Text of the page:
Away from the bombast of social media and sound bites, Sherman has morphed into “Uncle Sherm,” a steadying presence in the 49ers locker room. He’s revered by teammates as a rational authority figure willing to offer advice on football, life and anything in between.
Problems at home? Talk to Uncle Sherm. Money issues? Run it by Uncle Sherm. Relationship troubles? Step into Uncle Sherm’s portable office.
“He’s not one of those guys that sits in his locker space and just talks to guys around him,” tight end George Kittle said. “He’s always around. He doesn’t really force knowledge on you. He’s definitely an open book. He’ll sit and talk football all day. But he’ll talk about other things if they have problems. He knows how to read guys, and he definitely knows how to bring the best out of each and every single person in this locker room.”
It should be no surprise that Richard Sherman idolizes Muhammad Ali, the heavyweight champ who made talking famous.
“Ali was able to talk trash and be the best at what he did but never cross the line,” Sherman’s father Kevin Sherman once said. “At the end of his career, everybody was still talking about him.”
If Sherman is Ali, then Branton fits nicely as Drew “Bundini” Brown, the trainer and cornerman who constantly stirred the pot with the champ, feeding him poems and building on slights real and imagined.
The comparison amuses Richard.
“I guess if you were to write a book, people would take it as (Branton) being my antagonist,” he said.
Branton realized he had this power when Richard was 9 years old and playing Pop Warner football. The league’s best player was Marvin “Biggem” Johnson, who would later go on to be Richard’s teammate at Dominguez High School and a Pac-12 rival as a safety at Oregon.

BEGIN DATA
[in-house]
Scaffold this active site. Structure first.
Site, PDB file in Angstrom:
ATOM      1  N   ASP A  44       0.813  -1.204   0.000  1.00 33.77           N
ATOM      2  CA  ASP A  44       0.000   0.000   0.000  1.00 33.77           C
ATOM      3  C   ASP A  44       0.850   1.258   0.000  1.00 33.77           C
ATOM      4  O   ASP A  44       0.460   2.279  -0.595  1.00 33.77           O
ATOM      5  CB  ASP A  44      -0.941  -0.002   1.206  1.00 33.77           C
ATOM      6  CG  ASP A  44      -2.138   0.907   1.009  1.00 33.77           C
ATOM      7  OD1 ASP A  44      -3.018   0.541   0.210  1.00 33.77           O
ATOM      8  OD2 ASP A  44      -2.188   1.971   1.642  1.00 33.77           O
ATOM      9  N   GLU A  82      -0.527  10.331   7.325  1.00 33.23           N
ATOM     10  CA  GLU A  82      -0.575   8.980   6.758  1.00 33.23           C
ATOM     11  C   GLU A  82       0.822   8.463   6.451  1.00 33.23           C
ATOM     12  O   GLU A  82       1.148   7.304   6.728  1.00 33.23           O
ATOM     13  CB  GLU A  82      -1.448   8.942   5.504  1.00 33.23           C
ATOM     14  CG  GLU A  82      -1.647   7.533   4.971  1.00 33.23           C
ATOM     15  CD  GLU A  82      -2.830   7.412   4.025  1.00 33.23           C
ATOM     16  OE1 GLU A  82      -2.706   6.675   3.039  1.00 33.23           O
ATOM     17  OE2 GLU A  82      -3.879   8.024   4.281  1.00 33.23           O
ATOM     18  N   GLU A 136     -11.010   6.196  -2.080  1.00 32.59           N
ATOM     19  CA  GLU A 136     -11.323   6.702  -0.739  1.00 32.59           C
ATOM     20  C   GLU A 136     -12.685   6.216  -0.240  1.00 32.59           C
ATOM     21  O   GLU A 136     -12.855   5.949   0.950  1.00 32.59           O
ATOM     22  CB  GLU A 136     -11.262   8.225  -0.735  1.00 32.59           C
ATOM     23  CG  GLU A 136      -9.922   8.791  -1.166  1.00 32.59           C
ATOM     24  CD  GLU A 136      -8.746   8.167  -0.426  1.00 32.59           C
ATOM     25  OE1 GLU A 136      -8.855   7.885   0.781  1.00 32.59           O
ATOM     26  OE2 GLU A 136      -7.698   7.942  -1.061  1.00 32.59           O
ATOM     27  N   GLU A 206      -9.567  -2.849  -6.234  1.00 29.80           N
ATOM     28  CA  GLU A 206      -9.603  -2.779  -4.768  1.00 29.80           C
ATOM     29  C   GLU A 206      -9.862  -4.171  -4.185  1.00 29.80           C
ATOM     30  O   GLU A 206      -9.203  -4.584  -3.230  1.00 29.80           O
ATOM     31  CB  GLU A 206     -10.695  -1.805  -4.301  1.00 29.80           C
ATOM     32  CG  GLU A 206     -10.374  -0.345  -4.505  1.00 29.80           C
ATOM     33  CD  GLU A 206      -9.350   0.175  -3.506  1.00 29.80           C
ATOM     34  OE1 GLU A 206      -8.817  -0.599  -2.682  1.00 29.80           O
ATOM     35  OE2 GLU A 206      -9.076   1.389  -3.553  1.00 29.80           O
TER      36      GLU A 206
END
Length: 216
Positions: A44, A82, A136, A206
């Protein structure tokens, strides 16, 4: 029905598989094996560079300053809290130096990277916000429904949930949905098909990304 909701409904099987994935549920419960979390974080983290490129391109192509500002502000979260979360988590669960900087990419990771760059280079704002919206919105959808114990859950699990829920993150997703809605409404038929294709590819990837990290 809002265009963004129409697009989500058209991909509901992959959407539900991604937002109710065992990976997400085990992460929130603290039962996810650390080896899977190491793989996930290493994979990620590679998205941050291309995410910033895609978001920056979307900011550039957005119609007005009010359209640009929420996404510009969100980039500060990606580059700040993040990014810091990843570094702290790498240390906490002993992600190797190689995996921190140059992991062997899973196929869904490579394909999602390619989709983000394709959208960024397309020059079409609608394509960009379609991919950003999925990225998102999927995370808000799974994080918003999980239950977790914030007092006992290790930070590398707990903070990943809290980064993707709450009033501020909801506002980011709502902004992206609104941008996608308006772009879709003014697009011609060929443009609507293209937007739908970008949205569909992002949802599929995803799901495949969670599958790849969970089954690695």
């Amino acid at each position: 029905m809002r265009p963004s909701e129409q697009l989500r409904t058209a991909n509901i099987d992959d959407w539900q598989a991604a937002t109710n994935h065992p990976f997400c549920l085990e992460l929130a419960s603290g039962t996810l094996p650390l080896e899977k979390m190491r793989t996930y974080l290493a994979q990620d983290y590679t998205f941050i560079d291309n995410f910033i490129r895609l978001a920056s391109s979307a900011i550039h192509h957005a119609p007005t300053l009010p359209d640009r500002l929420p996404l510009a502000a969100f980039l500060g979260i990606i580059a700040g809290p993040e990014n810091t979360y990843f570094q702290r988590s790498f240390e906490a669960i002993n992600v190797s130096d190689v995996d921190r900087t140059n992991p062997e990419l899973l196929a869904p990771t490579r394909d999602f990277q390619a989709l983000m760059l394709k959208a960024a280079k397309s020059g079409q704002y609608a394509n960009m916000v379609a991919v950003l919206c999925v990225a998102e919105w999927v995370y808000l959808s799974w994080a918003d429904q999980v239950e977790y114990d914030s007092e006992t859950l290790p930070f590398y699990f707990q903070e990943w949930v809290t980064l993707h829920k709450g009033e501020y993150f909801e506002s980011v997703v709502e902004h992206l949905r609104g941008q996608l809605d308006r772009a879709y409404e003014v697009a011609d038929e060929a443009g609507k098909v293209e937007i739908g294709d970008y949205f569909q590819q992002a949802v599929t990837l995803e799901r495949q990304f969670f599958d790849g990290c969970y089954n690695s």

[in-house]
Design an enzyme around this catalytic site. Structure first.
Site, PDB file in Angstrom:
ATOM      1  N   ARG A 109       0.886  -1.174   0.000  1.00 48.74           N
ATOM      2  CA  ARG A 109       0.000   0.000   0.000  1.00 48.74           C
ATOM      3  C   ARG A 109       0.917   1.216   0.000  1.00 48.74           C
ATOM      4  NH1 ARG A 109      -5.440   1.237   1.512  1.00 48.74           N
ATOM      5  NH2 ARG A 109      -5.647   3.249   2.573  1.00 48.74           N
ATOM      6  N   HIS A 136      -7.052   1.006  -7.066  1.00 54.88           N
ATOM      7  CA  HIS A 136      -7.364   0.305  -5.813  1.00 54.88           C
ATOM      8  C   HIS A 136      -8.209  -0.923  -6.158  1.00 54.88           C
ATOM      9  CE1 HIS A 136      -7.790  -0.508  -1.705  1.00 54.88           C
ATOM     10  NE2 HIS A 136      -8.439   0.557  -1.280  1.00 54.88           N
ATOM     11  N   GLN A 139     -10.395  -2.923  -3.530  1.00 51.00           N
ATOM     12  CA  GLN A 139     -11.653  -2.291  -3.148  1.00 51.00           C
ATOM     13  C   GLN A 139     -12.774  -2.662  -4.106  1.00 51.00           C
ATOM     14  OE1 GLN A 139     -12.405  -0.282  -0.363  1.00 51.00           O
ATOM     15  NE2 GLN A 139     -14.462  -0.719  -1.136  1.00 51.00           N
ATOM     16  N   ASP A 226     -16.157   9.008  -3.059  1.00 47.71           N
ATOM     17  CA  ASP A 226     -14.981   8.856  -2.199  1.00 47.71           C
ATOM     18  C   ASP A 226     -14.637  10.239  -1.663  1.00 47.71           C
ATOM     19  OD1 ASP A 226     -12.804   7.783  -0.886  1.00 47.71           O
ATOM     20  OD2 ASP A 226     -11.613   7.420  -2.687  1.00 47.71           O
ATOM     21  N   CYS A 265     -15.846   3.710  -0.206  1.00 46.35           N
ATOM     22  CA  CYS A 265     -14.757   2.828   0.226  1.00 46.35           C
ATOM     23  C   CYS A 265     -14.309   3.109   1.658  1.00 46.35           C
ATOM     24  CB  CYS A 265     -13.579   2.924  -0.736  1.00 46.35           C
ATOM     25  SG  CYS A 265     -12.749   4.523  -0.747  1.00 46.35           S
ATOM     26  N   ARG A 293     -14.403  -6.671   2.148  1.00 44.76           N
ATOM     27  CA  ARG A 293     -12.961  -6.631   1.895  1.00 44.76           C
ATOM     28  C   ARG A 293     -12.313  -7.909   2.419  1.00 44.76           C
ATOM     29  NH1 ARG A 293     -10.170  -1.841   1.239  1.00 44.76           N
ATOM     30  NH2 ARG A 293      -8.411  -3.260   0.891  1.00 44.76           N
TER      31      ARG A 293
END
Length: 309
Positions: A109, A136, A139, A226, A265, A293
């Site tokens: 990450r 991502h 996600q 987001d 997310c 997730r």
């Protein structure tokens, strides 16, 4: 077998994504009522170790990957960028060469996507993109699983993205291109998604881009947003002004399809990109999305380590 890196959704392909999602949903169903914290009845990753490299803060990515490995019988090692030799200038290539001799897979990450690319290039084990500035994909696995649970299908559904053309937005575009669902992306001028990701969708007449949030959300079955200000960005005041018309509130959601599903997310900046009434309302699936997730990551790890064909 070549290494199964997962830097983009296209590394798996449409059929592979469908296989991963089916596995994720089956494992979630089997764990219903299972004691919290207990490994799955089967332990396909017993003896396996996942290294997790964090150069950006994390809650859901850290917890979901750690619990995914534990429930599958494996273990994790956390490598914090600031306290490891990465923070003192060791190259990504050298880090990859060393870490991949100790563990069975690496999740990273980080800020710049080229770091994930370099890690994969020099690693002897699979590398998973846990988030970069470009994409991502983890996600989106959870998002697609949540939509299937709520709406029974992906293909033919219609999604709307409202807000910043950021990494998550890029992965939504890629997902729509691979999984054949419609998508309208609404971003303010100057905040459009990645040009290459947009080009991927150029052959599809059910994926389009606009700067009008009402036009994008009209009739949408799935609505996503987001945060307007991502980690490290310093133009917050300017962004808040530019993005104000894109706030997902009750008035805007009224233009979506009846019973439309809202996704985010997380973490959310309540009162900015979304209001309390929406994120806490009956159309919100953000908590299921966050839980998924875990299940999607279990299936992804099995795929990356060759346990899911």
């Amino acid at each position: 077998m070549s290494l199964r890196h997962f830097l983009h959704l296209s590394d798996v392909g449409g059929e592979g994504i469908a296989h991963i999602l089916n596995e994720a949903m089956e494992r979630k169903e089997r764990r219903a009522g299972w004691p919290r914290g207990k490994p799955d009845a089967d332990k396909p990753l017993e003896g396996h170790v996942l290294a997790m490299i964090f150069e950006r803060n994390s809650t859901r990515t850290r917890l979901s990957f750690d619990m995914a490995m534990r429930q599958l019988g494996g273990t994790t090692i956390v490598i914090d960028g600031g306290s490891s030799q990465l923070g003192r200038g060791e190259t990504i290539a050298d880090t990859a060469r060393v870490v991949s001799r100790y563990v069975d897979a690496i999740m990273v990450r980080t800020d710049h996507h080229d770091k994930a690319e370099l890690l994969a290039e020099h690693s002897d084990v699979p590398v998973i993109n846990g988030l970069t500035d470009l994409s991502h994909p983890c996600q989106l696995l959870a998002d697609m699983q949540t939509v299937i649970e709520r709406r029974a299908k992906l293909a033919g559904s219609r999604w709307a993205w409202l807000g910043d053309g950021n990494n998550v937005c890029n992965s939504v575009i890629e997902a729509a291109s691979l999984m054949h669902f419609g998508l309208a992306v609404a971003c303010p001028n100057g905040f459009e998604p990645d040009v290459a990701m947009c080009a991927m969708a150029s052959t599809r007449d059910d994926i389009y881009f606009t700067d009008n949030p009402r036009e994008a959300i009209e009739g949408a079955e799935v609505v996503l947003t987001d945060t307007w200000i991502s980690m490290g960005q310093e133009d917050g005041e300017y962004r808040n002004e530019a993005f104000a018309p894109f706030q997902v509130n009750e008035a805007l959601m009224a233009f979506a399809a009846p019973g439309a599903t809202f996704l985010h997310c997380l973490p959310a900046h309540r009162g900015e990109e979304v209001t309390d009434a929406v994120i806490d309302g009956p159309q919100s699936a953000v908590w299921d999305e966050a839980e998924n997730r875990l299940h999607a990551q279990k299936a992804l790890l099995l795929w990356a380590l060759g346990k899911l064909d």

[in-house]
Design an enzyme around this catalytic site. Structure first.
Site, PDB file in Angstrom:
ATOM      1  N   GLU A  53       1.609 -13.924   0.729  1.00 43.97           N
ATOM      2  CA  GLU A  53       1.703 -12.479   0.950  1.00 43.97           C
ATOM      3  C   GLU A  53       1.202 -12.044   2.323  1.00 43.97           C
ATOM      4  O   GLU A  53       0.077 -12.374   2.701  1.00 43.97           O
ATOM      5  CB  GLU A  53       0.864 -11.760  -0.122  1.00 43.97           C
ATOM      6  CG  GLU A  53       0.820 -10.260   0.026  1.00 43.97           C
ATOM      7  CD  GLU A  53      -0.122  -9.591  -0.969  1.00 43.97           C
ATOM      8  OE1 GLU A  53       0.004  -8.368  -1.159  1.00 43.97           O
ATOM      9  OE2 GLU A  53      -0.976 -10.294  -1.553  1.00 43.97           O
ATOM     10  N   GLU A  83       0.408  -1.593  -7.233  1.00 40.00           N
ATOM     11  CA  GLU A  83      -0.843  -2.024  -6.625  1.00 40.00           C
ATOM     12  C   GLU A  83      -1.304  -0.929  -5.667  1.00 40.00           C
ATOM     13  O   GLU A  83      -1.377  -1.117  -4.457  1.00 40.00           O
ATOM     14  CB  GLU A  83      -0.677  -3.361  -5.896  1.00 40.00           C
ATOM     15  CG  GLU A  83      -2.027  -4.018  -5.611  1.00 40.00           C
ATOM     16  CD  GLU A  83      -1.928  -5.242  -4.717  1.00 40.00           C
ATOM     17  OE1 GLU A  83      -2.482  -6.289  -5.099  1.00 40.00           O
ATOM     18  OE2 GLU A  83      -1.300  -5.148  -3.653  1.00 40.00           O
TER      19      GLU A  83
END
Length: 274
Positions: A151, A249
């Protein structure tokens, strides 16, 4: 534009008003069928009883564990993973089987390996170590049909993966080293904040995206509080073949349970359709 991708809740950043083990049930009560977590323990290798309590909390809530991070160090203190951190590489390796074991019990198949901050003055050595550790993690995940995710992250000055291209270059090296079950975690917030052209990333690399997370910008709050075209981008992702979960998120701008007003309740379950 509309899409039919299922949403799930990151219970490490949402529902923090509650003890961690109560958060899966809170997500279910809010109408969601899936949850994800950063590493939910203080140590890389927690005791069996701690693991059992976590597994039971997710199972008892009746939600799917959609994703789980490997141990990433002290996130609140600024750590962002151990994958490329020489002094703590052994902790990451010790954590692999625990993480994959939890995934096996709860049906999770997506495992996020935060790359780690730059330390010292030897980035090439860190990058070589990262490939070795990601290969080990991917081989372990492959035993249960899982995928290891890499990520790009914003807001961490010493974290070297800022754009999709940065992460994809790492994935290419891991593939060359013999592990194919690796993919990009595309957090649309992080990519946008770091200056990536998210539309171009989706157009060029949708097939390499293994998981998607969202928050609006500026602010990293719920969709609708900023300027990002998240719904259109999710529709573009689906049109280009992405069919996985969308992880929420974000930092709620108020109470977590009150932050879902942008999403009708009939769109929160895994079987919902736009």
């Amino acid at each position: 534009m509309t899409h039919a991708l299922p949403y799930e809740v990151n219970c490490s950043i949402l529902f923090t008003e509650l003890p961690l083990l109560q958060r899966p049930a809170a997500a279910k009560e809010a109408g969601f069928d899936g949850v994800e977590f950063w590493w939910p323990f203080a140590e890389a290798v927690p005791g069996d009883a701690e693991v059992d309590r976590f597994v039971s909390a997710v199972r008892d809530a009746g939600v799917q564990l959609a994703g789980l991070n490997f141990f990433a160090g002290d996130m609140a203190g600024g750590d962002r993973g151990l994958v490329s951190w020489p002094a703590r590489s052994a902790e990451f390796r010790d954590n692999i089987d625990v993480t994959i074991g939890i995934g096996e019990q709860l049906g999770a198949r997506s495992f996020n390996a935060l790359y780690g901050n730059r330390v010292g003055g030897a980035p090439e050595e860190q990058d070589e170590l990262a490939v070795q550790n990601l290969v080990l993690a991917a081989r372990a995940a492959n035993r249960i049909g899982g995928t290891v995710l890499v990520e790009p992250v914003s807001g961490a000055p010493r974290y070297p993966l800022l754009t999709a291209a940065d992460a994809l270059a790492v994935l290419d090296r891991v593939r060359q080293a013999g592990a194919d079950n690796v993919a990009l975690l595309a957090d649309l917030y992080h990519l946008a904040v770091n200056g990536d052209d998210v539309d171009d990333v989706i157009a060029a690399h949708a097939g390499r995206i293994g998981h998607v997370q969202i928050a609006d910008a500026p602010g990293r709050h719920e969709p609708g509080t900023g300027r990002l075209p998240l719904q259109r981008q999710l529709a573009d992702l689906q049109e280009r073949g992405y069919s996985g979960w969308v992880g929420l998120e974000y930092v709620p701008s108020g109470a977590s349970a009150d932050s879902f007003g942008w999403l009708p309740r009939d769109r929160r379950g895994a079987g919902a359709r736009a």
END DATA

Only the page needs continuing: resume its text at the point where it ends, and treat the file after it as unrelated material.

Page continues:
“I told him, ‘Biggem is killing it. He’s the No. 1 player in Pop Warner. He’s going to dominate y’all. You’re not going to tackle him,’ ” Branton Sherman said. “I do it until he’s pissed off at me, where he literally gets mad and walks away. Then he does what he always does — he’s successful, comes back and talks smack to me. I just shrug my shoulders and go on to the next challenge.”
Keith Donerson, Sherman’s coach at Dominguez High, initially tried to curb Sherman’s penchant for the running diatribe during practices and games. The request lasted a day before Donerson removed the muzzle.
“He moped around like a dog that had been kicked,” Donerson told the New York Times.
At 6-foot-3 and 205 pounds, Sherman is building a resume worthy of the Hall of Fame. With 35 interceptions, Sherman is tied with Aqib Talib among all active players. He has never lost a conference title game and is 1-1 in two Super Bowls with Seattle.
Sherman is angular, athletic, wins more 50-50 balls than he loses and once ran hurdles and competed in the triple and long jumps for the Stanford track team. He also processes more information than other top-flight corners who focus the entirety of the game on the man they’re guarding.
When the 49ers came calling, David Shaw, the Stanford coach who was offensive coordinator when Sherman was there, understood completely.
“When you have a guy in the NFL that has field credibility and works really hard, you don’t want that guy to be a church mouse,” Shaw said. “You want that guy to give his opinion and help the coaches. And more often than not Richard is right. He knows that is why he was brought in to San Francisco.”
Ron Lynn, a former NFL defensive coordinator who coached the Stanford secondary when Sherman moved from wide receiver to cornerback, believes Sherman’s personality may have obscured his work as a cornerback.